Last Friday evening in Rome, Pope Francis presided over a prayer service in the midst of the Covid-19 pandemic. During the service, he meditated on the story of the calming of the sea in Mark’s Gospel. He speaks of the solidarity and service which flow from our faith in Jesus. His words may help you to navigate the stormy seas we find ourselves in at present. The full text of the meditation is at: https://www.vaticannews.va/en/pope/news/2020-03/urbi-et-orbi-pope-coronavirus-prayer-blessing.html
Death Penalty Vigil
Since 2008, the Commission has co-hosted a prayer vigil for those on death row with Corinda-Graceville Parish. The current restrictions on public gatherings prevent us from conducting the vigil at Christ the King Church this year. However, we want to ensure that prayer in solidarity with those facing execution around the world is not silenced. So, the prayer vigil will take place on-line this year via the Zoom platform. The vigil will still take place at noon on Good Friday, 10 April. If you have not participated in a Zoom video conferencing meeting or event before, you will need to download the Zoom software onto your computer or the Zoom app onto your smart phone. This is a very easy task. Please click on the link below any time before the start of the vigil and you will be prompted to install the software or app. Once installed, simply click on the same link before noon on Good Friday and wait for the vigil to start.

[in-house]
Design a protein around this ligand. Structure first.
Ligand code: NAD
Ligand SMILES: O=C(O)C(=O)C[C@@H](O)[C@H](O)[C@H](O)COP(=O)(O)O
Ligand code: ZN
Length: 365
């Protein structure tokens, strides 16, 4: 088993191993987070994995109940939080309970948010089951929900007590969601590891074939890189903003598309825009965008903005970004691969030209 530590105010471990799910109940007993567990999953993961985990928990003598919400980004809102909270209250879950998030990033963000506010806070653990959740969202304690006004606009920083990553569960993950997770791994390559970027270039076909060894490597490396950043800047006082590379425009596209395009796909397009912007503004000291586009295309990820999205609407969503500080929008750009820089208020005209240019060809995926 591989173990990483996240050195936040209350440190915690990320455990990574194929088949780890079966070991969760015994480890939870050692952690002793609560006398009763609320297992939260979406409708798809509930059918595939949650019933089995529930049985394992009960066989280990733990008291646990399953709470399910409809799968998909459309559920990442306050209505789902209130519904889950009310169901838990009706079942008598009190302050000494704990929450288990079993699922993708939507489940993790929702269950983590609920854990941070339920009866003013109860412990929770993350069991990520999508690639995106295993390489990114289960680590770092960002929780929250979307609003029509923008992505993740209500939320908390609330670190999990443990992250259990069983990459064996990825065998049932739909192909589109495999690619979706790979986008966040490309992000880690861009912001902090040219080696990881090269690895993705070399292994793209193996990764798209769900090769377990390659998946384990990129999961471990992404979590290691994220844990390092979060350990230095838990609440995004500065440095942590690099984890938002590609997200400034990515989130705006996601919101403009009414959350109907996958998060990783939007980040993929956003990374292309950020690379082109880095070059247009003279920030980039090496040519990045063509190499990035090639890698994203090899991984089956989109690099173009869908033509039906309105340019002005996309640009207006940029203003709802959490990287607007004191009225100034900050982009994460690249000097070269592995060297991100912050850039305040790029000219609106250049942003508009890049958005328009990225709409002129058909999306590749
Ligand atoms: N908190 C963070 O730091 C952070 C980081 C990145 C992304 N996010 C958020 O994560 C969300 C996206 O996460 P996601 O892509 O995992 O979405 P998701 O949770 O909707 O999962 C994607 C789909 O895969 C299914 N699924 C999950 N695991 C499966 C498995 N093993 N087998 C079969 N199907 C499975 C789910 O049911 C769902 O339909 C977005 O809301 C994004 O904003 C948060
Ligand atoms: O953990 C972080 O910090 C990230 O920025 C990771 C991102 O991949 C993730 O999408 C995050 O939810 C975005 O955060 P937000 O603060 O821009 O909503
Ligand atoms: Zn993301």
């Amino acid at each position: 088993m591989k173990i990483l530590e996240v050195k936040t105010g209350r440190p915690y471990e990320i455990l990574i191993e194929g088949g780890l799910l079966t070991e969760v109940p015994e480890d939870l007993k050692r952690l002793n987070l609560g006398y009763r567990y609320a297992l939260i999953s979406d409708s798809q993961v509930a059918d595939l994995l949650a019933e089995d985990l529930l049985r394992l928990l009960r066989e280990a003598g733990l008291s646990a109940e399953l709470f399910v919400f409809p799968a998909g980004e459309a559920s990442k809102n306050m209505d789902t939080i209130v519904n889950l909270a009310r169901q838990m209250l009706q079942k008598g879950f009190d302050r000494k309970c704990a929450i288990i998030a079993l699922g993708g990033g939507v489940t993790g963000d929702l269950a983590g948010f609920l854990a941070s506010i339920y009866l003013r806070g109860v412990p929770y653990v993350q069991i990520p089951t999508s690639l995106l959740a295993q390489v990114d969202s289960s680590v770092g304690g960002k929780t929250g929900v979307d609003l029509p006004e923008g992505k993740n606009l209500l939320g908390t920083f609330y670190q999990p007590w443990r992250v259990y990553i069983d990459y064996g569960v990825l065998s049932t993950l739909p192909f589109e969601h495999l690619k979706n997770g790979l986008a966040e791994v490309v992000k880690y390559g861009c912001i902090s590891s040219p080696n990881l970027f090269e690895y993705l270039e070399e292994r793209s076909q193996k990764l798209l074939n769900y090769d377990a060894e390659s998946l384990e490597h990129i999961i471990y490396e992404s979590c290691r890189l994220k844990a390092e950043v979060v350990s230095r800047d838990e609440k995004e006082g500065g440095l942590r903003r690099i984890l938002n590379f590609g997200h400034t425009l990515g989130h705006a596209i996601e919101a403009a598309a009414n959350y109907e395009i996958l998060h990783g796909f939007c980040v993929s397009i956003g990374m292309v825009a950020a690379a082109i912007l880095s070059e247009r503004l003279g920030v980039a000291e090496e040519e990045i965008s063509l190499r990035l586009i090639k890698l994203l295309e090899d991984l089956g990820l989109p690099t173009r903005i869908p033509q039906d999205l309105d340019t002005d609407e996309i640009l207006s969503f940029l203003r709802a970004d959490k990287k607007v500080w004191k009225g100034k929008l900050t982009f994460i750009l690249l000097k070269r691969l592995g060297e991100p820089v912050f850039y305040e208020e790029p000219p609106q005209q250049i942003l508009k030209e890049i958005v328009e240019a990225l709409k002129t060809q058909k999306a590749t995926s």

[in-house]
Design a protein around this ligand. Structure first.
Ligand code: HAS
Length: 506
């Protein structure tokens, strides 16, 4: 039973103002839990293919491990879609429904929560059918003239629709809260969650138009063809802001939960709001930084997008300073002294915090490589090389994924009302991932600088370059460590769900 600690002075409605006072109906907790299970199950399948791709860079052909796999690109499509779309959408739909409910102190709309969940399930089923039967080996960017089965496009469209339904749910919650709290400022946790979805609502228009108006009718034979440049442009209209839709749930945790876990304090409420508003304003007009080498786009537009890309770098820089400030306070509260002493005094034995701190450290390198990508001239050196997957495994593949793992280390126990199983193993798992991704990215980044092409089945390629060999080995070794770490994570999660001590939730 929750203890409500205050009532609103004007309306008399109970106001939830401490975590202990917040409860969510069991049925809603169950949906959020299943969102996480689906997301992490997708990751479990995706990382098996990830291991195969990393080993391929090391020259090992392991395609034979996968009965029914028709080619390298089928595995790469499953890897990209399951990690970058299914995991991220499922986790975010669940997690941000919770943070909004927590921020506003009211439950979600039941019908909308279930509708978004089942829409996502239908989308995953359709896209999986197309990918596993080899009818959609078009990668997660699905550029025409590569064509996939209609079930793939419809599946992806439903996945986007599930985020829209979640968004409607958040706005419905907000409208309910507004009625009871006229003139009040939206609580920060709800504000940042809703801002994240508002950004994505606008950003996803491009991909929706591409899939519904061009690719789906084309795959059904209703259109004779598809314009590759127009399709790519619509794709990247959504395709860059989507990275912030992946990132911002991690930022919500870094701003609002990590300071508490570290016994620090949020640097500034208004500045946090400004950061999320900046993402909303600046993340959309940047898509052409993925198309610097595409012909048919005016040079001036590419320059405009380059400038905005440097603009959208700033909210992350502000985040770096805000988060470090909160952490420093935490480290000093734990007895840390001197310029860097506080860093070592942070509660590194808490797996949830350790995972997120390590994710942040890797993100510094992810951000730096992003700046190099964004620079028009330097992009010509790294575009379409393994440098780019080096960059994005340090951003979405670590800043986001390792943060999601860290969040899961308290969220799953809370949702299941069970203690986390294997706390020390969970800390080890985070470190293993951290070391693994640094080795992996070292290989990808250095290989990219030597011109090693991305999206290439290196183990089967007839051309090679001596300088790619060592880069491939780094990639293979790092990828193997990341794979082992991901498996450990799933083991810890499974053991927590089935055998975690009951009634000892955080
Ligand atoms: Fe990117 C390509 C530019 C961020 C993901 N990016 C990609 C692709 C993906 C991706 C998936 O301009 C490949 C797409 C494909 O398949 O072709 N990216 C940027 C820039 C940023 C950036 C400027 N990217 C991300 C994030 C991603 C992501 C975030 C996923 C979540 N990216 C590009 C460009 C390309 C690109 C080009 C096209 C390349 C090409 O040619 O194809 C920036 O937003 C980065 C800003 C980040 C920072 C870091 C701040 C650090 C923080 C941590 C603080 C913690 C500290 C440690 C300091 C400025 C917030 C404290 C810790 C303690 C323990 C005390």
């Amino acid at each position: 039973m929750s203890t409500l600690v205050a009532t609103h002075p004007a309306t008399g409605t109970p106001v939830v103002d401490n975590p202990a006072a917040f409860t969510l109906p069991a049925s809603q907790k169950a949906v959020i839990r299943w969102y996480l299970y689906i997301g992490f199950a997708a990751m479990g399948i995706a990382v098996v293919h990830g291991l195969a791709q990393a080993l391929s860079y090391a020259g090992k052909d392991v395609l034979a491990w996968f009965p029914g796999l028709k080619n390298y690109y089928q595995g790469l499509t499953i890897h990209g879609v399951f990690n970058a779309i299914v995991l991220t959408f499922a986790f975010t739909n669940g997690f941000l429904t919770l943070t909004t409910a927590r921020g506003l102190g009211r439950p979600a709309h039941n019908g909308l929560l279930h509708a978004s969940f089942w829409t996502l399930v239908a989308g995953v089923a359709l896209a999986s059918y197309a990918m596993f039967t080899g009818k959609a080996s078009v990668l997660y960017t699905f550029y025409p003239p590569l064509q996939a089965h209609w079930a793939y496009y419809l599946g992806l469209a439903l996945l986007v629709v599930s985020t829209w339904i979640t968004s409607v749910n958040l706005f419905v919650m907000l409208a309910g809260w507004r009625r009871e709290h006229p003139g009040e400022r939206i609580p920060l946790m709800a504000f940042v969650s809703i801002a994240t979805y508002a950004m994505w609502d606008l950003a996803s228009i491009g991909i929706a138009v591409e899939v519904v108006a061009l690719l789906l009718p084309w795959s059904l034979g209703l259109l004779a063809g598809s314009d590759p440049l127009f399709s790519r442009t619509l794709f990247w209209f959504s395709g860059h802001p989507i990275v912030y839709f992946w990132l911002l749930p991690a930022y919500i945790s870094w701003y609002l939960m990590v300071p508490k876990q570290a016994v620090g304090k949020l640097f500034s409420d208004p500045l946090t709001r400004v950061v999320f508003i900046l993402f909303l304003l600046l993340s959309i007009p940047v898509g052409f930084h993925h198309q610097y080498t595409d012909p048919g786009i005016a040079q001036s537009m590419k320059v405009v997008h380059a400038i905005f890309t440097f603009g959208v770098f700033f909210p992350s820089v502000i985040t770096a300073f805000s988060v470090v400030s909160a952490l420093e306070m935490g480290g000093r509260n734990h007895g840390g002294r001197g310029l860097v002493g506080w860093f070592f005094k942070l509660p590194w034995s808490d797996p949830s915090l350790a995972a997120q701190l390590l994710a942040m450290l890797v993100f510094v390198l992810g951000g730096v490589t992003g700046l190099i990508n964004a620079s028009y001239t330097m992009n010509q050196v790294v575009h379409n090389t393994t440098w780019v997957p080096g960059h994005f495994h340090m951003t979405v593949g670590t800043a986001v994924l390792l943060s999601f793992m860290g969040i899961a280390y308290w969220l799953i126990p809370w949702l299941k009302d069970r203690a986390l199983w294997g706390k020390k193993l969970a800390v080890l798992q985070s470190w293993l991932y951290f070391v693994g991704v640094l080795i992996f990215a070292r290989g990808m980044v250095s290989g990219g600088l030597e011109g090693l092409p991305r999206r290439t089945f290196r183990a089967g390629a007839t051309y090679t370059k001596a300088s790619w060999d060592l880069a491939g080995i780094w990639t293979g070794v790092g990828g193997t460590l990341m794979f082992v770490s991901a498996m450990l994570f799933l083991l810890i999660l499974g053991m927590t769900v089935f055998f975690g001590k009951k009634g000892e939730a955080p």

The text of prayers and songs will be shared on your screen at the appropriate times during the vigil, but if you would like a copy of the vigil program e-mailed to you beforehand, please e-mail Peter Arndt at firstname.lastname@example.org.
The global crisis caused by the Covid-19 pandemic will increase the stress and anxiety of refugees and people seeking asylum.
The Refugee Council of Australia (RCOA) has created a resource to help refugee communities. If you work with refugees and people seeking asylum, please share it with them: https://action.refugeecouncil.org.au/...